A Reconciliation Fund, from which compensation is to be paid to people sent to Austria as forced labourers during WWII, has been officially launched in Vienna. There are some 15 thousand Czech citizens eligible for compensation, which they are to start receiving as of February next year.Alena Skodova has the details:
The average sum for each individual is 35 thousand Austrian shillings - over 2000 dollars. Mothers compelled to give birth to their children at special clinics or those forced to have abortions will receive an additional 5 thousand shillings. Also eligible for compensation are children who were deported along with their parents. The chairman of the Fund's administration board, Ludwig Steiner, told reporters that the fund had to act fast, because the forced labour victims are now old people, some of them in a poor state of health.
Unlike a similar fund in Germany, which will initially pay only part of the money, the Reconciliation Fund in Austria will pay the whole sum at one go. The Fund will receive 3.7 billion shillings from the state coffers, 500 million from the individual federal states of Austria and nearly 2 billion from private companies. The sum will be paid out to some 150 thousand people, coming mostly from the Czech Republic, Poland, Hungary, Russia, Ukraine and Belarus. The Czech forced labourers alone will receive 501 million shillings.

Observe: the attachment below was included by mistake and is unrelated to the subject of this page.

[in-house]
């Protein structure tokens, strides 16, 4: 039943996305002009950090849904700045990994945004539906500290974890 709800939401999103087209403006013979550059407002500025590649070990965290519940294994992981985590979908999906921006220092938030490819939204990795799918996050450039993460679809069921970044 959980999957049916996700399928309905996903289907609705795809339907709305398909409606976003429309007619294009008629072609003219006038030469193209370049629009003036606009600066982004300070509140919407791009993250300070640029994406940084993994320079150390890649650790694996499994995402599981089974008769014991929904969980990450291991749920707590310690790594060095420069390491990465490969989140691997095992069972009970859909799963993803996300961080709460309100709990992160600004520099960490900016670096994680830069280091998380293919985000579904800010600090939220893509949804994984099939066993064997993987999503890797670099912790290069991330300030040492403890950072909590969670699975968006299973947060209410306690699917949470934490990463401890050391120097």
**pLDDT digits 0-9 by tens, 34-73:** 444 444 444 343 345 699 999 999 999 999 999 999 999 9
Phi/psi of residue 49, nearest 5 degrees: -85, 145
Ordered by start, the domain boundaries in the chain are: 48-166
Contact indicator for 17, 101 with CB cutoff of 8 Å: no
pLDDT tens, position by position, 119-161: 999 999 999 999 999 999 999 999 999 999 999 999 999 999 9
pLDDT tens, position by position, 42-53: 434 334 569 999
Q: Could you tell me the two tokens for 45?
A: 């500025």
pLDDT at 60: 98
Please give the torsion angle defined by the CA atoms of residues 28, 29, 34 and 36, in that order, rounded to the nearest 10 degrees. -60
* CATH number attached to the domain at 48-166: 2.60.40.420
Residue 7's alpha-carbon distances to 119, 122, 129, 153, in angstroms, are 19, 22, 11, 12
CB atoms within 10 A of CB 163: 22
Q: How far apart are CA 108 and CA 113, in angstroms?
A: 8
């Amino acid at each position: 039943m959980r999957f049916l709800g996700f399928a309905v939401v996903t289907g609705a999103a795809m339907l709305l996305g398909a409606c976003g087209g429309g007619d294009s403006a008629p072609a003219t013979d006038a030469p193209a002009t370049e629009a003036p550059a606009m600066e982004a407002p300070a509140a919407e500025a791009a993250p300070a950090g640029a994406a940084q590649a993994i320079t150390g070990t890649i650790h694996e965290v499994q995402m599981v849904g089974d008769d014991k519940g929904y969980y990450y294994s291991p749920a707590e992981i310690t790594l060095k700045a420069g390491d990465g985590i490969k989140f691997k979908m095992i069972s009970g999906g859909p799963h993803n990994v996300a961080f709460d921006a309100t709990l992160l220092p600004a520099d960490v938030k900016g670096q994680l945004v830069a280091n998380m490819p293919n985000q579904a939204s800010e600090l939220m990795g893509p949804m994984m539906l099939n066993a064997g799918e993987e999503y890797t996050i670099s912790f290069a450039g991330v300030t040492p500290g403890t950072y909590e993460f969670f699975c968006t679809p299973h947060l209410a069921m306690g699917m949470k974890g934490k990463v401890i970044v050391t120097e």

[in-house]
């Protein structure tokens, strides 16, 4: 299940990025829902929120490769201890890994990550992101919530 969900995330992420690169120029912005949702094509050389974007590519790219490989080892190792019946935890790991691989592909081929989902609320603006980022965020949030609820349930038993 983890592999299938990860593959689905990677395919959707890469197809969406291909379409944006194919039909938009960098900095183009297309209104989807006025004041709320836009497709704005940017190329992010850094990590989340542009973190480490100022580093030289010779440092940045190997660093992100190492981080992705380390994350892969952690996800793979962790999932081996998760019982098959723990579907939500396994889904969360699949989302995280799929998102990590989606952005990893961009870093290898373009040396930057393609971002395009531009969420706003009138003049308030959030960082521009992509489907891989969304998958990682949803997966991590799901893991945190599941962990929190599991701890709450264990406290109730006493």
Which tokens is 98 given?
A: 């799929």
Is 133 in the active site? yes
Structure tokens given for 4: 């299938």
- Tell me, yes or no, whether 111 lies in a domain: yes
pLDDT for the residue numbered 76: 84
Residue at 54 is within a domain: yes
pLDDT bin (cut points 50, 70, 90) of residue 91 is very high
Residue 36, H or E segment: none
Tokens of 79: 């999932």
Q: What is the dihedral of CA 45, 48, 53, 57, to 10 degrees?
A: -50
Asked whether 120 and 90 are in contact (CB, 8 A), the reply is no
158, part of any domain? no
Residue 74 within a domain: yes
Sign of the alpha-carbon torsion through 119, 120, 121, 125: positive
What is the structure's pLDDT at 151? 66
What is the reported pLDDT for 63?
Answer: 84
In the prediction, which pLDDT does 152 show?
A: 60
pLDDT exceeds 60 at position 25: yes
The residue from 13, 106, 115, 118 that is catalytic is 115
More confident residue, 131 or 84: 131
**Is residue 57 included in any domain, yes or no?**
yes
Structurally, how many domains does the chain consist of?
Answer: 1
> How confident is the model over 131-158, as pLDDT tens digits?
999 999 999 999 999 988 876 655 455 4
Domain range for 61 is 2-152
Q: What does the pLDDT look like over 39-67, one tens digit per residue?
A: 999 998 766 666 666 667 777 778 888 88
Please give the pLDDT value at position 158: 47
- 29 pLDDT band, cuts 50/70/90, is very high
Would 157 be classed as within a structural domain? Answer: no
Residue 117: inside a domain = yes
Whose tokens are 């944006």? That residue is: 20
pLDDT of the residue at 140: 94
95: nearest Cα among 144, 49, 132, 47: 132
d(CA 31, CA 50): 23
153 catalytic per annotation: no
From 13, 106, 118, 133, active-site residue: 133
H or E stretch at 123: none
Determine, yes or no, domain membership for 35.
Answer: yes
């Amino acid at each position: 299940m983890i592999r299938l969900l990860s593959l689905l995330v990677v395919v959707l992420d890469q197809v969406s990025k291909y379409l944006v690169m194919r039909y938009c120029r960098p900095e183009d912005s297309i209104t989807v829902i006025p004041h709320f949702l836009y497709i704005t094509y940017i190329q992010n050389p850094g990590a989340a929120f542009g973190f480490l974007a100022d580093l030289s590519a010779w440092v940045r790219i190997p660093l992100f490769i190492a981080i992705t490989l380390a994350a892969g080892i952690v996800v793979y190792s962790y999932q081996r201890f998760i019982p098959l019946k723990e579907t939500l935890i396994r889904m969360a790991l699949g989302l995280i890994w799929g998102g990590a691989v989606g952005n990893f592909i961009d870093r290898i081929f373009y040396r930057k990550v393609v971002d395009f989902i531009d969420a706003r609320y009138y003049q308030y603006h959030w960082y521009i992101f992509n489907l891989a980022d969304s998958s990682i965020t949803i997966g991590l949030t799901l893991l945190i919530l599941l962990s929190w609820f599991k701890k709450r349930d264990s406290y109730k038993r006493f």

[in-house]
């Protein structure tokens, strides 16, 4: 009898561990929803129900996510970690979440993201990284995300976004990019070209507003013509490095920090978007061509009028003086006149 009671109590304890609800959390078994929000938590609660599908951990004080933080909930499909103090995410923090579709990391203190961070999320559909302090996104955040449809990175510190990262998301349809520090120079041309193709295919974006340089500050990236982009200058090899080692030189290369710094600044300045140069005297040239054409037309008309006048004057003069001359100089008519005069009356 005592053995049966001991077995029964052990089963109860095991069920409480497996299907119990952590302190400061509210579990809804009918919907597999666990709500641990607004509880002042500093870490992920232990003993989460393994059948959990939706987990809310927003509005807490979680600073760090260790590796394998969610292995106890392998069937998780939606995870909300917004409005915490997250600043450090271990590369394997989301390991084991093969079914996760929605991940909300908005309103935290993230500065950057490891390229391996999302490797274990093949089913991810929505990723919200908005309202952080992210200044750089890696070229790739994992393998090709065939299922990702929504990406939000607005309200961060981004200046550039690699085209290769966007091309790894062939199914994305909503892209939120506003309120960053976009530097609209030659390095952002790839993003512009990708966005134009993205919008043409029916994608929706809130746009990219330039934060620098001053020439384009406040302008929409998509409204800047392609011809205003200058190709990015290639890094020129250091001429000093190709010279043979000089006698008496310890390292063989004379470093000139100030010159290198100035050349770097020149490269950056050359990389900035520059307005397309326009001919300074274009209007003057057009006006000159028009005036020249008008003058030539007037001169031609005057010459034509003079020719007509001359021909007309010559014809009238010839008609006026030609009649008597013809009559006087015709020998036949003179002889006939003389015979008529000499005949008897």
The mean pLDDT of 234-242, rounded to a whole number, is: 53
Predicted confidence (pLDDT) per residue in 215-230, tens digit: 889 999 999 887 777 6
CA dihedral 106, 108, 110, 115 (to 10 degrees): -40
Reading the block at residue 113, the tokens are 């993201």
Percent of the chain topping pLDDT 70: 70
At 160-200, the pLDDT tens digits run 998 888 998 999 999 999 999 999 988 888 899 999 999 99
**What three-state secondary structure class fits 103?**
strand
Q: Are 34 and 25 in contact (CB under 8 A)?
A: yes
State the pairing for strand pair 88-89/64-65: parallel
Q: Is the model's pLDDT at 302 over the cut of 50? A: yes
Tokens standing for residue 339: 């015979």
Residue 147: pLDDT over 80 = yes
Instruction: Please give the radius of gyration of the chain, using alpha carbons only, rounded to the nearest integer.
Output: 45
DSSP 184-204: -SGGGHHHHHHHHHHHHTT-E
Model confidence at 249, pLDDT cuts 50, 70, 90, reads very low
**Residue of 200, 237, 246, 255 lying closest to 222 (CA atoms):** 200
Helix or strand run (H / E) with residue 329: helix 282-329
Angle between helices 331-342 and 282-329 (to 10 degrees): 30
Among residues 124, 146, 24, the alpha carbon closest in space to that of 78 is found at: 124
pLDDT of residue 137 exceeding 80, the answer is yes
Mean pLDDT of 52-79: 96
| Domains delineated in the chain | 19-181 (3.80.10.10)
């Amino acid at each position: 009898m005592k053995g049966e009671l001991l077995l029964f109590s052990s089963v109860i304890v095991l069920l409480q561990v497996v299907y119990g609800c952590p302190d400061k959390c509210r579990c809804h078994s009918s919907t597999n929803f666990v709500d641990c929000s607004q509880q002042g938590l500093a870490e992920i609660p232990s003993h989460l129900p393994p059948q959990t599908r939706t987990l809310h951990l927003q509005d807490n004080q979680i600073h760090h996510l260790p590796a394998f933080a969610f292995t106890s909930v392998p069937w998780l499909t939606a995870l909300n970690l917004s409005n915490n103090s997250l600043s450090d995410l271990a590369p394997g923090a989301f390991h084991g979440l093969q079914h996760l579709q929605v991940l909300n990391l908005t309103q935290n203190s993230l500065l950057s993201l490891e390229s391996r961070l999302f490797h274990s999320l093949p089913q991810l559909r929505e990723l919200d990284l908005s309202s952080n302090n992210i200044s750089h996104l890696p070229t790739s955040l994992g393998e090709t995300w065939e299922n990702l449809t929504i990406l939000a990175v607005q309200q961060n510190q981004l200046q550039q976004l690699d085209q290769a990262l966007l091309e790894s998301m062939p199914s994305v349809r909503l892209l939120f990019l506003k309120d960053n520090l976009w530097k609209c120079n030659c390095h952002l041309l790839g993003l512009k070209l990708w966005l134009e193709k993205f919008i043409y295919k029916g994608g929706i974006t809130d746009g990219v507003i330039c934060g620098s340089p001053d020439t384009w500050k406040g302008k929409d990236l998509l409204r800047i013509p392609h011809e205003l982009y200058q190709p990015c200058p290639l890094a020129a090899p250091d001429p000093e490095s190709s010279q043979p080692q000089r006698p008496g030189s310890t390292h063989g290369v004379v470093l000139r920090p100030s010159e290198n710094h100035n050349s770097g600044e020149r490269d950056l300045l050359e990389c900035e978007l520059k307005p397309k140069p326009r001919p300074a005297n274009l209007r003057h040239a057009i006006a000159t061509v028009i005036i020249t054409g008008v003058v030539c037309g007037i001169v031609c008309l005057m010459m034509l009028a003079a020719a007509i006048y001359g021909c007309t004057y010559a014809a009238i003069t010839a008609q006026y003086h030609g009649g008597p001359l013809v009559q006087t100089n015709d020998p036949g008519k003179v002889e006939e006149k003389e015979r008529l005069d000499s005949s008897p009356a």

According to Austrian Chancellor Wolfgang Schuessel, the fund is to start paying out the money in mid-February next year. By that time, all technical details are to be resolved. But compensation from Austria will not be received by those who have already been granted compensation from the German foundation called "Memory, Responsibility, the Future", which mainly concerns those who worked in the Mauthausen concentration camp.
It is estimated that there were some 1 million forced labourers in Austria during WWII, and most money from the Reconciliation Fund will be sent to Ukraine. The fund should be in operation for three years.
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